Our project started many months ago, and for the last two and a half months, we’ve been counting down who we believe are the greatest wrestlers of the WrestleMania era. We talked about how we ranked them in the introduction.
I want to thank Duan, Alan, Big D, Jason, and Cadillac Don for all of their help in putting together the list and writing the short bios. It was a tremendously fun project and I’m happy with the way it turned out.
Here is the final ranking along with a link to every write-up:
1. Steve Austin (Alan)
2. Bret Hart (Duan)
3. Shawn Michaels (Duan)
4. Ric Flair (GG)
5. Randy Savage (Don)
6. Kurt Angle (Big D)
7. Chris Jericho (Don)
8. Eddy Guerrero (Alan)
9. The Rock (GG)
10. Curt Hennig (Duan)
11. Terry Funk (Alan)
12. Chris Benoit (Don)
13. The Undertaker (Duan)
14. Mick Foley (GG)
15. Rey Mysterio (Alan)
16. Hulk Hogan
17. Ricky Steamboat (GG)
18. Bryan Danielson (Jason)
19. Jake Roberts (Big D)
20. Ted DiBiase (Big D)
21. Owen Hart (Jason)
22. Big Van Vader (Alan)
23. Rowdy Roddy Piper (Big D)
24. Triple H (Don)
25. Rick Rude (Big D)
One of the greatest compliments you can say of any performer is that their work is timeless. This is especially the case in a trade as evolving, and at times fickle, as pro wrestling. Curt Hennig, at his best, was timeless – a great worker in an era of great workers.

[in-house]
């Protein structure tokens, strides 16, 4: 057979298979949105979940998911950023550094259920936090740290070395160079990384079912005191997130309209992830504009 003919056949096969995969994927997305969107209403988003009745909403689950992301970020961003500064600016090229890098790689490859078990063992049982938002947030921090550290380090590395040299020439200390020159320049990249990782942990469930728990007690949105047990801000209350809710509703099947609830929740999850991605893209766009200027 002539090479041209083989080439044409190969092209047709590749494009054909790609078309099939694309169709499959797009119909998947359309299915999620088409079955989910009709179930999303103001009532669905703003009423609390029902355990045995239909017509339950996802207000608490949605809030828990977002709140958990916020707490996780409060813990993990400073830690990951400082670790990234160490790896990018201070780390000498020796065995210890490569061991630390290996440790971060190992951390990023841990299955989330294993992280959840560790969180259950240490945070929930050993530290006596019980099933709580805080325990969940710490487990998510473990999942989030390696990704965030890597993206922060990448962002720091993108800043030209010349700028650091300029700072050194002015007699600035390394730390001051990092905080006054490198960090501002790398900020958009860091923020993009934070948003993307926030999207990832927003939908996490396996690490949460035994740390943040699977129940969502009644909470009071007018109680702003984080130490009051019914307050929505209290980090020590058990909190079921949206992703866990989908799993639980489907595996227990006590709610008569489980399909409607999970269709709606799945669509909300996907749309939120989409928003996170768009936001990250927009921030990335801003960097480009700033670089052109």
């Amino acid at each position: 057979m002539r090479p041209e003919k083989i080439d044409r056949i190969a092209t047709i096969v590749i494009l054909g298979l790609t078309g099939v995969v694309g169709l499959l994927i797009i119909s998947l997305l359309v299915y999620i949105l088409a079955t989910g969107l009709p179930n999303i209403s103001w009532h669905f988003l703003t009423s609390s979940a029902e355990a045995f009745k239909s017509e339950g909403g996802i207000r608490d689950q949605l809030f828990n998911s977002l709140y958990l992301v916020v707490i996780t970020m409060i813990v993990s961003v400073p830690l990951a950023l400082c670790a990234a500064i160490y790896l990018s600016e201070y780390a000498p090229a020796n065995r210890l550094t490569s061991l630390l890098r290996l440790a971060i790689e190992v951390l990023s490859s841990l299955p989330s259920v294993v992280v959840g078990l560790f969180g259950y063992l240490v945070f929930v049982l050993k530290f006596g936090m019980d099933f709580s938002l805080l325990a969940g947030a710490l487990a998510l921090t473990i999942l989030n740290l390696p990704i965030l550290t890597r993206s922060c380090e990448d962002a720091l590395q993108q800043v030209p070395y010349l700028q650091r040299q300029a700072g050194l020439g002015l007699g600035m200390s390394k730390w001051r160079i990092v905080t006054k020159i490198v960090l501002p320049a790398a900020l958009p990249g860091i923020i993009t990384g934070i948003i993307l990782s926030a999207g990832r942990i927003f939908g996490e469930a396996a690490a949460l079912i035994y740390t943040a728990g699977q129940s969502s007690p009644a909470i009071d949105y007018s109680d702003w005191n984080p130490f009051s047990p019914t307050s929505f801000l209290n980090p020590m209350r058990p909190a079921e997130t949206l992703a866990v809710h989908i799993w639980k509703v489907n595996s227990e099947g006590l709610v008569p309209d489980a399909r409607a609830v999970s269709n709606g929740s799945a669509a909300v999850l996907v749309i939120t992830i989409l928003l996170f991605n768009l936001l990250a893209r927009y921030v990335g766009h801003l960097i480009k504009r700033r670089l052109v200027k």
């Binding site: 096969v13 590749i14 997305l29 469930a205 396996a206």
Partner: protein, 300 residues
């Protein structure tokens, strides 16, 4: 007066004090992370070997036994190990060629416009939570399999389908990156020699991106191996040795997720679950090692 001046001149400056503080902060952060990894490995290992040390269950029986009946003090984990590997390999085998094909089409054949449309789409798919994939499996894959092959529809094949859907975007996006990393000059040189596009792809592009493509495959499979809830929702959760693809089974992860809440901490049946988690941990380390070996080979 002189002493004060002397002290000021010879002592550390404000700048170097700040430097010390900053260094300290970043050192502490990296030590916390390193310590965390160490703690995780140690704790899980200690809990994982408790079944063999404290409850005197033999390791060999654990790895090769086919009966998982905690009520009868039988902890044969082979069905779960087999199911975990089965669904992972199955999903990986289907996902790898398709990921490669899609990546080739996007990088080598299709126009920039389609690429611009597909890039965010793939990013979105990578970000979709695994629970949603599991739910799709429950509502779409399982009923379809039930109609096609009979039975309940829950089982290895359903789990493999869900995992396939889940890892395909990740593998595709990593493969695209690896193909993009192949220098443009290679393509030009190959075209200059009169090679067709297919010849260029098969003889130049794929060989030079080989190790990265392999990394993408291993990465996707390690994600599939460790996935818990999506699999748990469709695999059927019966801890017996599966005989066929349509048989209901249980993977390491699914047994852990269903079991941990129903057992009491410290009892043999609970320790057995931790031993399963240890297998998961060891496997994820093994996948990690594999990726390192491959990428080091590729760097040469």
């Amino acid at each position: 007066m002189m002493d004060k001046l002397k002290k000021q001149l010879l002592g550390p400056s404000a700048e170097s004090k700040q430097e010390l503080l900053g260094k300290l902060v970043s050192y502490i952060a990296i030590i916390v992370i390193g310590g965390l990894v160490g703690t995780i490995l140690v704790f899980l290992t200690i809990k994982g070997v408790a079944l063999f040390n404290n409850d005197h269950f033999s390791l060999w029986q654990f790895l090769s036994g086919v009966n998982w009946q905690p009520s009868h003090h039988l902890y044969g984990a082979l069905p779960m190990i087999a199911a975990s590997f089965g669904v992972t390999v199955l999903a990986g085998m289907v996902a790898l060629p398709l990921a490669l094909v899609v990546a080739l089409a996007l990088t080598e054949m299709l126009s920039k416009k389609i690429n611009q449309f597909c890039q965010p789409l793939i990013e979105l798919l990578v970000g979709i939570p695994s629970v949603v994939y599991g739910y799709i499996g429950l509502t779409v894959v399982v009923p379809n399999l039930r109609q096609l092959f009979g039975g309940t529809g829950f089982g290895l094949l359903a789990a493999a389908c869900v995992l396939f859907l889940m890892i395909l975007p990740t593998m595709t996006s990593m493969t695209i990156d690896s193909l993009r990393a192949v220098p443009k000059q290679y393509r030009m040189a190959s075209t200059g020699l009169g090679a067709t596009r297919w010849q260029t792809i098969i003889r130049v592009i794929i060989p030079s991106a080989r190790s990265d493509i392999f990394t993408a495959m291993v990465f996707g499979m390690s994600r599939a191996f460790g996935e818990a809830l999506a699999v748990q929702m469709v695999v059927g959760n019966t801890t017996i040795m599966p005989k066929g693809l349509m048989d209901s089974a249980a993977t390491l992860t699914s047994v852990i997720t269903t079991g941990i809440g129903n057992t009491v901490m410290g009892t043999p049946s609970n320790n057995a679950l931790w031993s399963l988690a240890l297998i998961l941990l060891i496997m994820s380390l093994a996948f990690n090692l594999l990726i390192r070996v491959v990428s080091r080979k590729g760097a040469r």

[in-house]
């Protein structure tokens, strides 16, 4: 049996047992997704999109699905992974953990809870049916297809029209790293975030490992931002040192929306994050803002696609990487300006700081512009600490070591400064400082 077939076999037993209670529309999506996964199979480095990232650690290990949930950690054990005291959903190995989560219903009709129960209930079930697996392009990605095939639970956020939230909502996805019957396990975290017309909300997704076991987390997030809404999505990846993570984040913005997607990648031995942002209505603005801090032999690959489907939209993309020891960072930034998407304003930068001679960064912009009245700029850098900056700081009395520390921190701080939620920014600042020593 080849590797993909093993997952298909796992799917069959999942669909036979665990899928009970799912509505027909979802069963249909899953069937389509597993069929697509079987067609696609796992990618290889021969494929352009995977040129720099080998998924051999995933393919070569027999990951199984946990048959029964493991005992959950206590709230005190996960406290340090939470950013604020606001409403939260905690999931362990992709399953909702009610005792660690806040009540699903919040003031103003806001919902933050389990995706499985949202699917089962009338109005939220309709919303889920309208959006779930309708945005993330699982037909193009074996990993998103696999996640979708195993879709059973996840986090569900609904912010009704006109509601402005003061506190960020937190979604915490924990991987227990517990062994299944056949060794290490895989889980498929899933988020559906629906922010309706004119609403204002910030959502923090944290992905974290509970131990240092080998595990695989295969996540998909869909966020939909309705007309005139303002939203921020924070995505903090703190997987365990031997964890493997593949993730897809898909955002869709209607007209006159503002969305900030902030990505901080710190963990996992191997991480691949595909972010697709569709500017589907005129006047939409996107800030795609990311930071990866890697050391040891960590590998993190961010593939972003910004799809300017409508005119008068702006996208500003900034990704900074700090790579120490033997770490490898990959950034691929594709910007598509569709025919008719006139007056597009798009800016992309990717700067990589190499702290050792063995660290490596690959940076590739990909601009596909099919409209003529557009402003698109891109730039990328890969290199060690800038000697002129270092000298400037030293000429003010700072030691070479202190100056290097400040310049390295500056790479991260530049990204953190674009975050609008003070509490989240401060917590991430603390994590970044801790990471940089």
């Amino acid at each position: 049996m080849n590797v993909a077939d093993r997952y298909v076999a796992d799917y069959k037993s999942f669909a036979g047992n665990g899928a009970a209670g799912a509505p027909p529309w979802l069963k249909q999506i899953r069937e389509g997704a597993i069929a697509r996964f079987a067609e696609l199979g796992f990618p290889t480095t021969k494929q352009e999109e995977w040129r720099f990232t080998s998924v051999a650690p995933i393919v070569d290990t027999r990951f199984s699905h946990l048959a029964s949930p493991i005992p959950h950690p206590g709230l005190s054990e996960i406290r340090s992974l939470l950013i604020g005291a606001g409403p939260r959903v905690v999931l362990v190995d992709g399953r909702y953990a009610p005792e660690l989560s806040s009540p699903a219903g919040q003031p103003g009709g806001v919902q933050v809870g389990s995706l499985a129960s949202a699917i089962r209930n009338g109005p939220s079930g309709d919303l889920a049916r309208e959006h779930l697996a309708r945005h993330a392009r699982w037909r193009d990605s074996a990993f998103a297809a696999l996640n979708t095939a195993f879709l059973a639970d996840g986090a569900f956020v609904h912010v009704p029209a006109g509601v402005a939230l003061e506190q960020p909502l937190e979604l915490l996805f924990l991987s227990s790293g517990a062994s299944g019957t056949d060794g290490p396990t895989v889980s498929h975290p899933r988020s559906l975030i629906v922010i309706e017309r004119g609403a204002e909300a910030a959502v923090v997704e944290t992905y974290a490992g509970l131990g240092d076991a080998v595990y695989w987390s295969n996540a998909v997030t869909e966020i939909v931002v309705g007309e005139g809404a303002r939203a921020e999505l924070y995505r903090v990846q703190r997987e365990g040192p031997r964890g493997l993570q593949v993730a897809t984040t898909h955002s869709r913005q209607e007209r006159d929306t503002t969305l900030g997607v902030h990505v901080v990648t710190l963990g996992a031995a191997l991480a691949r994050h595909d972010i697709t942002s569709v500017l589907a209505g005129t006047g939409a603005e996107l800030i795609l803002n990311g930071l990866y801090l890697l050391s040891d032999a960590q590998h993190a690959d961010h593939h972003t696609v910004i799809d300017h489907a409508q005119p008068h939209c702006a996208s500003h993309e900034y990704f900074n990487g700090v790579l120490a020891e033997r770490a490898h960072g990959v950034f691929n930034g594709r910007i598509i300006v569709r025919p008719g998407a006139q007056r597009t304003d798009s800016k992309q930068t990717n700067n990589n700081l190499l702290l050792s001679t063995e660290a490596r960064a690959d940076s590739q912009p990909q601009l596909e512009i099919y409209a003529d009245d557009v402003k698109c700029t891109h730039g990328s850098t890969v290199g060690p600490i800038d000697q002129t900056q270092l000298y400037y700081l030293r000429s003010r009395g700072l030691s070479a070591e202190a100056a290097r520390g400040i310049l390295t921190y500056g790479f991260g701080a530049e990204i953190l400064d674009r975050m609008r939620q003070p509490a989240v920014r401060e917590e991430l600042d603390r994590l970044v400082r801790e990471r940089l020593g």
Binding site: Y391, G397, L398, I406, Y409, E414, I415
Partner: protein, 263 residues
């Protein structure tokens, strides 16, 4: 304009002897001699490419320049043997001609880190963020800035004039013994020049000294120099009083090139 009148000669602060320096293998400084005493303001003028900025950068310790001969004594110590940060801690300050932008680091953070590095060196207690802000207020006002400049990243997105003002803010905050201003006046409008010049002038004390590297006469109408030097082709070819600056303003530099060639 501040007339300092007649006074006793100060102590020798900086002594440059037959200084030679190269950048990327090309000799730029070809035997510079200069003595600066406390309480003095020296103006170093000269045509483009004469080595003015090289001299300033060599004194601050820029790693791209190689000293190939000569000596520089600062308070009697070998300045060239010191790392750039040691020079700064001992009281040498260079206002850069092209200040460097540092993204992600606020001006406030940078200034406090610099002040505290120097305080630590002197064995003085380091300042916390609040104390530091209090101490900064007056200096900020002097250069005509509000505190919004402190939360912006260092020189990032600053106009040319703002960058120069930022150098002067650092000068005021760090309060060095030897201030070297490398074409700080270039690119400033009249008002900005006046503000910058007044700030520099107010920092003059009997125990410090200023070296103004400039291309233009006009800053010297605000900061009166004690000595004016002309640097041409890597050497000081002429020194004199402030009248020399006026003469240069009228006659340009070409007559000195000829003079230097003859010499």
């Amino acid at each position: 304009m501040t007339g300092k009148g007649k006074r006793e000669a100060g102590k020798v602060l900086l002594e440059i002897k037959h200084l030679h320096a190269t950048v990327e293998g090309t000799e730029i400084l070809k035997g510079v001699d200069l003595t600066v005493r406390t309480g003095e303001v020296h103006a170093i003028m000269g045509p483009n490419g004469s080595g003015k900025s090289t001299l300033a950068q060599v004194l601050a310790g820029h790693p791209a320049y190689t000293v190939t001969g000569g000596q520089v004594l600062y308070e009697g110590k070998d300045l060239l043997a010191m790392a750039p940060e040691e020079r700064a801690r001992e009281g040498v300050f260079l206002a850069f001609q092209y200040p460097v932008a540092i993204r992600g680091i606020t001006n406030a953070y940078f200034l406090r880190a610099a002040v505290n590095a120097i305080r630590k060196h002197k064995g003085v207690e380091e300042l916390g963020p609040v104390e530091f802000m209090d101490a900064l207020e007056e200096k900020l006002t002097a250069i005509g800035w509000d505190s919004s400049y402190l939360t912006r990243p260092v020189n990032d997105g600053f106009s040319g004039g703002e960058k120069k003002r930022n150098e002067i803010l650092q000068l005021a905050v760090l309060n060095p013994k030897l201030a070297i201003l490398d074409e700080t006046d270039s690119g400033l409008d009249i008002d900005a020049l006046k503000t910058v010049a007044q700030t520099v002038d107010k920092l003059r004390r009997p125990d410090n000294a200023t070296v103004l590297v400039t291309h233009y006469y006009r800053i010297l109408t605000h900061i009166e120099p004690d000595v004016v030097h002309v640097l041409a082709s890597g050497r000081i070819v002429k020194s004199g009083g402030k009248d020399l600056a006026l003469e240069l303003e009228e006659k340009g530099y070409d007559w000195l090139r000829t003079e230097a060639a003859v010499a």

Hennig understood the makings of a heel. He knew his job was to make whoever he was paired with look great, and he knew sometimes that meant making himself look silly. He knew when to sell, when to back off, when to cower – Hennig just got it. Seeing Mr. Perfect’s name on the card was a guarantee of quality.
While Perfect could bump like a boss and carry inferior opponents to matches few felt they were capable of, it was only when he wrestled guys like Shawn Michaels and Bret Hart that you truly saw the best of him. That was the type of level he was at and it was a level only a select few could match. While injury issues cost him ring time, he transitioned seamlessly between roles of wrestler, manager and commentator – his performance in each case; always perfect. During his entire stint with WWE, he could do no wrong.
When it’s all said and done, what Wrestlemania 23 will be remembered for is a haircut match. This isn’t any random old haircut match. This was a billionaire’s haircut match. Well, at least one of them was a billionaire.
Donald Trump has been affiliated with wrestling in the past. He hosted Wrestlemania IV and V at his Trump Plaza in Atlantic City, New Jersey. They were two of the worst Wrestlemania’s ever, but that didn’t stop Vince McMahon from calling Trump’s name some 18 years later. And McMahon needed it.